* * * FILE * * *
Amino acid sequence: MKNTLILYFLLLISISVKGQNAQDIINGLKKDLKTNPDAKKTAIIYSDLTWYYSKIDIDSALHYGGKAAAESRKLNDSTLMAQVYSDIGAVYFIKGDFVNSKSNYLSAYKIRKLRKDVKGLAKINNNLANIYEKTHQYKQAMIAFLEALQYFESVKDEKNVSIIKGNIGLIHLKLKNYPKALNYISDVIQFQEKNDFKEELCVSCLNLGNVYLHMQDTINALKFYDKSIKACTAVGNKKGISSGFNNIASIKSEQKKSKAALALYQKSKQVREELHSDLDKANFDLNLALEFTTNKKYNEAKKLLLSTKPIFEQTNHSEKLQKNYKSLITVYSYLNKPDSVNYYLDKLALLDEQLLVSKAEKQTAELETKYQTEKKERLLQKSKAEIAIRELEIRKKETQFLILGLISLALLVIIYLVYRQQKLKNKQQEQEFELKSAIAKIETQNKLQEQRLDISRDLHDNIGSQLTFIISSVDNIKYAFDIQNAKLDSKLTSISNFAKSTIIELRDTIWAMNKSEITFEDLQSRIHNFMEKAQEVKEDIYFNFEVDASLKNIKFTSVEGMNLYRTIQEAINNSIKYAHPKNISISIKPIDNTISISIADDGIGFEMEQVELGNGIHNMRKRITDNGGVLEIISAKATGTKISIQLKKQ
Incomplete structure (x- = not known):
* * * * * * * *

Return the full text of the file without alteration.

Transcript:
Amino acid sequence: MKNTLILYFLLLISISVKGQNAQDIINGLKKDLKTNPDAKKTAIIYSDLTWYYSKIDIDSALHYGGKAAAESRKLNDSTLMAQVYSDIGAVYFIKGDFVNSKSNYLSAYKIRKLRKDVKGLAKINNNLANIYEKTHQYKQAMIAFLEALQYFESVKDEKNVSIIKGNIGLIHLKLKNYPKALNYISDVIQFQEKNDFKEELCVSCLNLGNVYLHMQDTINALKFYDKSIKACTAVGNKKGISSGFNNIASIKSEQKKSKAALALYQKSKQVREELHSDLDKANFDLNLALEFTTNKKYNEAKKLLLSTKPIFEQTNHSEKLQKNYKSLITVYSYLNKPDSVNYYLDKLALLDEQLLVSKAEKQTAELETKYQTEKKERLLQKSKAEIAIRELEIRKKETQFLILGLISLALLVIIYLVYRQQKLKNKQQEQEFELKSAIAKIETQNKLQEQRLDISRDLHDNIGSQLTFIISSVDNIKYAFDIQNAKLDSKLTSISNFAKSTIIELRDTIWAMNKSEITFEDLQSRIHNFMEKAQEVKEDIYFNFEVDASLKNIKFTSVEGMNLYRTIQEAINNSIKYAHPKNISISIKPIDNTISISIADDGIGFEMEQVELGNGIHNMRKRITDNGGVLEIISAKATGTKISIQLKKQ
Incomplete structure (x- = not known):